Atum, also known as Tem or Tum, is a god from ancient Egyptian mythology who is often depicted as a man with a head of a lion or a serpent, symbolizing his association with the sun and creation. He is the god of creation, the sun, and the first god, and is often associated with the protection of the pharaohs and the people.

Atum was considered the god of creation, the sun, and the first god, and was often depicted as the creator of the world and the first being to come into existence. He was believed to the single parent of the first gods and goddesses were born. He was also associated with the setting and rising of the sun, and was considered to be the source of life and vitality.

Atum was also known as the father of Shu and Tefnut, the god and goddess of air and moisture, respectively, and together they formed the first divine couple of the Ennead (a group of nine deities in ancient Egyptian religion). He was also considered the father of the pharaohs, as the pharaohs were believed to be the physical embodiment of the god Horus, who was the son of Osiris and Isis.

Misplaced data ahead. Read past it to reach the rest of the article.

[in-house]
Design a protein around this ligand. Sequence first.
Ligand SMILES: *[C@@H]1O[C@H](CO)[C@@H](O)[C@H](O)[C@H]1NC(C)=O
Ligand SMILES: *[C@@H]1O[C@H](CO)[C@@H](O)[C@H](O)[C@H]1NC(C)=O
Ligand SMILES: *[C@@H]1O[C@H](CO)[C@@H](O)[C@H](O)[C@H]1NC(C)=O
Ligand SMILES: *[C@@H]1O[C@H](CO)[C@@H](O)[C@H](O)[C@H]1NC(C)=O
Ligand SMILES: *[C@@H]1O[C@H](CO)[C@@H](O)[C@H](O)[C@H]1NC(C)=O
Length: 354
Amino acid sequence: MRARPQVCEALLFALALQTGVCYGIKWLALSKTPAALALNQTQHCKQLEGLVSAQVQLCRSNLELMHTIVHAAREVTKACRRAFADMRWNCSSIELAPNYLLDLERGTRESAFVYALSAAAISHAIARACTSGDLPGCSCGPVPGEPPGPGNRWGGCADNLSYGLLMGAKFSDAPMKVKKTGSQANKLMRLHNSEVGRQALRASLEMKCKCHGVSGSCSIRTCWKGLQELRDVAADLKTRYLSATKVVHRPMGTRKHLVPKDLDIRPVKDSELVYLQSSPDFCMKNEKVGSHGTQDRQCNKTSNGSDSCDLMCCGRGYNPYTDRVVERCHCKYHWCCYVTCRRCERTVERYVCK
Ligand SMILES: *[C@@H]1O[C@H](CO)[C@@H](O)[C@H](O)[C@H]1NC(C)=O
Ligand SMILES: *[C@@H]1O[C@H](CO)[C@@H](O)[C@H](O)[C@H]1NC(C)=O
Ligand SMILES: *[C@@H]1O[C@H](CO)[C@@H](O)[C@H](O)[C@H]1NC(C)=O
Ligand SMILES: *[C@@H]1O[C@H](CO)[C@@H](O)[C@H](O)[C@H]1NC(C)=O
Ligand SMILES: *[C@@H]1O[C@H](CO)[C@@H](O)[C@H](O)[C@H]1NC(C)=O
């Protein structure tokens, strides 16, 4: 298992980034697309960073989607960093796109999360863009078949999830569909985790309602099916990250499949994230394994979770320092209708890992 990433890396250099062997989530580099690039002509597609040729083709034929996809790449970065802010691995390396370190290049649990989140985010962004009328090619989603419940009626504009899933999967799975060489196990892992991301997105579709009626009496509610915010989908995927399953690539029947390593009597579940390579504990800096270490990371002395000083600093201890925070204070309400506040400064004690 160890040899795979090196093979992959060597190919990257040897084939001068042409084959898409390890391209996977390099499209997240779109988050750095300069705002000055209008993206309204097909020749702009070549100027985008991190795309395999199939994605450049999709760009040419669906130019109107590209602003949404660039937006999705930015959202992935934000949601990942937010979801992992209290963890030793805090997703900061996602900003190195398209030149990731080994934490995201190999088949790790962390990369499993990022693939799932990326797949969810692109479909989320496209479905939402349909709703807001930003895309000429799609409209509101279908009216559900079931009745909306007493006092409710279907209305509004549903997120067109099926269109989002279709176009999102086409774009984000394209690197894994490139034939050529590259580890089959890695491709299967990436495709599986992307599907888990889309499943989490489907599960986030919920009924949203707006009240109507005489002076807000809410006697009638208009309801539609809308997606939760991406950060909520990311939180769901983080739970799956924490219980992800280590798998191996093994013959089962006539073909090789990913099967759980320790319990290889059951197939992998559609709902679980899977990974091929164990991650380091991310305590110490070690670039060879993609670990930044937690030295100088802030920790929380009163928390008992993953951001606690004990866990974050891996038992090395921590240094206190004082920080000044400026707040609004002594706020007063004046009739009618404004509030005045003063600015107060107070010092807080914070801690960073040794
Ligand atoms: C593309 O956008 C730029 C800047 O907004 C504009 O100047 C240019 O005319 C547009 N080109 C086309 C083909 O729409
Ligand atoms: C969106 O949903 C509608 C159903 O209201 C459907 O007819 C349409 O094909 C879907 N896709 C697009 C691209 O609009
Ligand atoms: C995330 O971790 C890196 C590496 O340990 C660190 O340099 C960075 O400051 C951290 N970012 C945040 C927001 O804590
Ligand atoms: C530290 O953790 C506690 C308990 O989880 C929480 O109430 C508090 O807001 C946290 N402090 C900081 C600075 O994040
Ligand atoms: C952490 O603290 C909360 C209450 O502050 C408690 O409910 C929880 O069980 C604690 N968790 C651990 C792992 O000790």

One of the most interesting facts about Atum is that he was also associated with the city of Heliopolis, where he was considered the patron god of the city. The temple of Atum in Heliopolis was one of the most important religious centers in ancient Egypt, and it was believed to be the place where Atum first emerged from the primordial waters to create the world.